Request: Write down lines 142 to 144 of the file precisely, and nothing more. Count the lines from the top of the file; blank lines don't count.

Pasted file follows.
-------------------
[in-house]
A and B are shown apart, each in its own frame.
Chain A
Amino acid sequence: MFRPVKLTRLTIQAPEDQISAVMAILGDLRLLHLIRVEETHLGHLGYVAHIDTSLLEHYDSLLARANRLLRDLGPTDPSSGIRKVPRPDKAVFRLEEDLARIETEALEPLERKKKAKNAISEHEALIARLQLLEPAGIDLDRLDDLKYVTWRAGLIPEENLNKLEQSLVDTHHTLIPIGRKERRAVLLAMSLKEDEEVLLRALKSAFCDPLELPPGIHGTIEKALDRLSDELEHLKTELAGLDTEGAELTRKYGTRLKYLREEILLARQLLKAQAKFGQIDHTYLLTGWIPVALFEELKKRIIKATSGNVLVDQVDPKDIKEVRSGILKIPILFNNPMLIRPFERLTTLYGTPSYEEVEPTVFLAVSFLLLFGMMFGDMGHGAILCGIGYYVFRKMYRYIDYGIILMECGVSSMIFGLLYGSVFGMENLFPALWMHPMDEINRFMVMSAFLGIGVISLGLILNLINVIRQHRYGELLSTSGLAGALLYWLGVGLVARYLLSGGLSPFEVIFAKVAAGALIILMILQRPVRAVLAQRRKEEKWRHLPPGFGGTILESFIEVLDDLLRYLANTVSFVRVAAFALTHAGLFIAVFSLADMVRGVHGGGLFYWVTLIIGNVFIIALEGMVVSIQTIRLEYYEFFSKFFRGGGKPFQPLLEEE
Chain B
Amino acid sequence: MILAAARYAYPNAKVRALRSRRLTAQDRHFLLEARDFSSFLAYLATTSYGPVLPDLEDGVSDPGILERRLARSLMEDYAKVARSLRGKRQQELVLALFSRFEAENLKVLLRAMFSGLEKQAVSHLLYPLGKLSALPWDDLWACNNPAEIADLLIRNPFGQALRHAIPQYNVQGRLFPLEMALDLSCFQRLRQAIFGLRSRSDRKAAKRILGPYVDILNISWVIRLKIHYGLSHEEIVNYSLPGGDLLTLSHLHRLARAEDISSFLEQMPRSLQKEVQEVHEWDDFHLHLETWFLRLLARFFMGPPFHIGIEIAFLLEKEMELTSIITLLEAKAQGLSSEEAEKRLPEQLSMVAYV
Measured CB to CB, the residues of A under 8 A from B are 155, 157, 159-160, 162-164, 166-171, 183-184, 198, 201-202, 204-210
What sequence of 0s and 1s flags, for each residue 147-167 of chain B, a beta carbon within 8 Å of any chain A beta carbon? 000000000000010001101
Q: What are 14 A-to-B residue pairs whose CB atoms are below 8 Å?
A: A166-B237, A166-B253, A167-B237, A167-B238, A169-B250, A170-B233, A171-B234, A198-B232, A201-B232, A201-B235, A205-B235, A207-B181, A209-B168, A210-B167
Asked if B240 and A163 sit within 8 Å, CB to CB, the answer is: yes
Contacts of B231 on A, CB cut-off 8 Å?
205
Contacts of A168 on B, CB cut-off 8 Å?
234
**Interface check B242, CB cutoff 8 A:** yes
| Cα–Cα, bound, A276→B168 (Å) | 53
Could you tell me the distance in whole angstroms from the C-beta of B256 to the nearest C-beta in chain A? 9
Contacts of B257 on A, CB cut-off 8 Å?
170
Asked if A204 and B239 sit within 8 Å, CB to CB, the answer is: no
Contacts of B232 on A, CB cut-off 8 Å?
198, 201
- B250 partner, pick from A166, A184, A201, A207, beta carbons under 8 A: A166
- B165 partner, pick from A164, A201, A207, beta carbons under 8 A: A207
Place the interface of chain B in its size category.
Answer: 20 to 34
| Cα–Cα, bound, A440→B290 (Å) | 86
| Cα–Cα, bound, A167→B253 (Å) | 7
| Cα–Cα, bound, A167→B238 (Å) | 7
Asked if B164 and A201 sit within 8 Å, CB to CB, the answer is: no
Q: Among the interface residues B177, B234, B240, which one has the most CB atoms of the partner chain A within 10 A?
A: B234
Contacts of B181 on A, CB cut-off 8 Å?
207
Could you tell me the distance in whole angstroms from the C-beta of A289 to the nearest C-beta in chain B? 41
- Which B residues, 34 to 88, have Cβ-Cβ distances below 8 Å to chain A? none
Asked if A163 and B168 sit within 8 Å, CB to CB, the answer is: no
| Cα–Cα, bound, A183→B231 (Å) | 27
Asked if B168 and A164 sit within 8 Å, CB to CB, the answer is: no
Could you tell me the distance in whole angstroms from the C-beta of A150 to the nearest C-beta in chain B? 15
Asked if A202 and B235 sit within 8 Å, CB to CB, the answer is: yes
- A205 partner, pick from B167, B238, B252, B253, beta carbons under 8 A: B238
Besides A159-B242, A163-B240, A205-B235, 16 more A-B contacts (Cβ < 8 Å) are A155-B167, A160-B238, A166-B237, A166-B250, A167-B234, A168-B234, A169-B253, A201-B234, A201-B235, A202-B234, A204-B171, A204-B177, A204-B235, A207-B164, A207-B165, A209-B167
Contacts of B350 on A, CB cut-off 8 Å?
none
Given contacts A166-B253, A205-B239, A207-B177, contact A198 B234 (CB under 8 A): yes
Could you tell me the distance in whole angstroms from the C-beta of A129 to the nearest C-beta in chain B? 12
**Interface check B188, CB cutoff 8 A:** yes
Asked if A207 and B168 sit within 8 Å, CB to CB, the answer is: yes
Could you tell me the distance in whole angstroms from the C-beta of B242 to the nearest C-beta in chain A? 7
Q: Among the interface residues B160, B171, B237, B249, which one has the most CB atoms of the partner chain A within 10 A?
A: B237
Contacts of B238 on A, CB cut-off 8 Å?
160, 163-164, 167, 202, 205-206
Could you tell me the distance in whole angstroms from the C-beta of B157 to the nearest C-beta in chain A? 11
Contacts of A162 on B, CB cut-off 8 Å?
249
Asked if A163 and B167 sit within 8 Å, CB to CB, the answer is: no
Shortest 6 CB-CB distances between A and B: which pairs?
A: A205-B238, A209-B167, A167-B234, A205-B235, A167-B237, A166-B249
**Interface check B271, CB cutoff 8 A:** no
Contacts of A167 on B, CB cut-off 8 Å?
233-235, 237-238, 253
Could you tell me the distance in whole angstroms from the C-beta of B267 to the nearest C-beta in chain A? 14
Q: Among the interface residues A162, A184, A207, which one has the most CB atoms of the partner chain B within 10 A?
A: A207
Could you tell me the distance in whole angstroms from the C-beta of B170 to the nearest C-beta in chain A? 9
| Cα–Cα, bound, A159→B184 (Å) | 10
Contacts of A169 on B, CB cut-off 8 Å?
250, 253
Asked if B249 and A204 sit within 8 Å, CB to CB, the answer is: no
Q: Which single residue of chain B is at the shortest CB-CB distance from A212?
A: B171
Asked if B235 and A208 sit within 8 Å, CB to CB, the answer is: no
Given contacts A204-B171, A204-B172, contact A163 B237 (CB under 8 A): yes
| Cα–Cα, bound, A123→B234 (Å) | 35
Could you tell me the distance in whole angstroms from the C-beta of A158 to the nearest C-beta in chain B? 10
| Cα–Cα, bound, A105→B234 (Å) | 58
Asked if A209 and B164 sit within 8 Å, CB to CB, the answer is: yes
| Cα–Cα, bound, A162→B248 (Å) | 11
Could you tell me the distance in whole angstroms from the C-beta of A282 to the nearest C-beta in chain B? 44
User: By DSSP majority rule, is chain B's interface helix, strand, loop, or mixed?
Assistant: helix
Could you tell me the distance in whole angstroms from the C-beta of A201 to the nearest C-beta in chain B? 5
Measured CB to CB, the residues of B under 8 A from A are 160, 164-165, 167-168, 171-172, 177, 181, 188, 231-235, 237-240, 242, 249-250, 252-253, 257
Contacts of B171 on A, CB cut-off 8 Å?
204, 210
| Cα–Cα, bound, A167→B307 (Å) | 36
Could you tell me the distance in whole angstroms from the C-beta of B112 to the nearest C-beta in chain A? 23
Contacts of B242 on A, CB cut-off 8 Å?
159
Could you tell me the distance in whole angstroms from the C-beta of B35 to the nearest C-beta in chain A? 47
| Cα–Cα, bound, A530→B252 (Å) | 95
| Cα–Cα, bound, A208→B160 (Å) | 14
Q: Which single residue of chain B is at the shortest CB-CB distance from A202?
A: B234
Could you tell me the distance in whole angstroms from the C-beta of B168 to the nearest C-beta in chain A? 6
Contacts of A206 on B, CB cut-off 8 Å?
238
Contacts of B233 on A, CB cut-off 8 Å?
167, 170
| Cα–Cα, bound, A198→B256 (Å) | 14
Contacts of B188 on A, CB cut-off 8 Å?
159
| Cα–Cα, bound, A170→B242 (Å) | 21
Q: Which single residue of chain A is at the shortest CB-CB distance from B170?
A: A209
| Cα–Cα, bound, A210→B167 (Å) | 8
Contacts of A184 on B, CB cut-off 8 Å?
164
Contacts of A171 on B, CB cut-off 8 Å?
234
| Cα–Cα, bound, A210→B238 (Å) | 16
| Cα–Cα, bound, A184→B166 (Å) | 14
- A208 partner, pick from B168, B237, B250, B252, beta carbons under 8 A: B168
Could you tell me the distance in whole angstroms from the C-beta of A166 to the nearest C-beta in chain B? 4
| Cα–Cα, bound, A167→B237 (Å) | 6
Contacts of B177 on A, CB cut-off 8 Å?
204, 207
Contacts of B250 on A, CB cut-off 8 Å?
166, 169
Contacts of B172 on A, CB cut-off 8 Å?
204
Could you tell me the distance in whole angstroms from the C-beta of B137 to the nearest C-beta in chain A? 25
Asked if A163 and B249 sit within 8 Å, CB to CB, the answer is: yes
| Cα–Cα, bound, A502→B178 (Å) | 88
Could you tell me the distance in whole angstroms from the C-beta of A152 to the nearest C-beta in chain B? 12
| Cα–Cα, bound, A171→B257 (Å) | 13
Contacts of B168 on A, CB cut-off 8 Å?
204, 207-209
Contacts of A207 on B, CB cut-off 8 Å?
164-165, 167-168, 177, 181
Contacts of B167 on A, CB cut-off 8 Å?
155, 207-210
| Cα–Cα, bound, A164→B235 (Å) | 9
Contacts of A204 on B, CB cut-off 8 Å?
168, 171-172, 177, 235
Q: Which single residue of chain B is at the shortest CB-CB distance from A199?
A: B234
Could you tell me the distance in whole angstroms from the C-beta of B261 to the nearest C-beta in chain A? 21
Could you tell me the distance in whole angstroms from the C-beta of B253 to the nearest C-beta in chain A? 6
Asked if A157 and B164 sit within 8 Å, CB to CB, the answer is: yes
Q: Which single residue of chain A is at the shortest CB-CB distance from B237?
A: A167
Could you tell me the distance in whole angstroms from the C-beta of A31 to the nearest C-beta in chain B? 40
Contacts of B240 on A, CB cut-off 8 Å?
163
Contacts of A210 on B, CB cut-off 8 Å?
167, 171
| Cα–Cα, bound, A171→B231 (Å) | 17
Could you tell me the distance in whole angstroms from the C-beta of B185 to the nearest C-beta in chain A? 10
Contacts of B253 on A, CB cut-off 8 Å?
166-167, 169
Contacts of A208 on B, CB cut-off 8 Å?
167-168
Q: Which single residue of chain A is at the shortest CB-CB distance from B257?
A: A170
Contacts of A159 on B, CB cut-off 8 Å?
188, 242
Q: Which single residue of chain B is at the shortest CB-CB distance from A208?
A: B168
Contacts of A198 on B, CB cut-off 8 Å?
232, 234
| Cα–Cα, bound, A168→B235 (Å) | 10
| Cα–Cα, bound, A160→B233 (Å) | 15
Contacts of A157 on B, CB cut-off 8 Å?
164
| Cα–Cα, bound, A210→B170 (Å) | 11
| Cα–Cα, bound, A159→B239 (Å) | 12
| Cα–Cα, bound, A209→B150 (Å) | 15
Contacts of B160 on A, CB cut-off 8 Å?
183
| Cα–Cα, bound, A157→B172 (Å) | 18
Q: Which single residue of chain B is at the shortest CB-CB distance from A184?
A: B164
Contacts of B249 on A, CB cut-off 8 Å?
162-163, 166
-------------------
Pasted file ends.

Could you tell me the distance in whole angstroms from the C-beta of B253 to the nearest C-beta in chain A? 6
Asked if A157 and B164 sit within 8 Å, CB to CB, the answer is: yes
Q: Which single residue of chain A is at the shortest CB-CB distance from B237?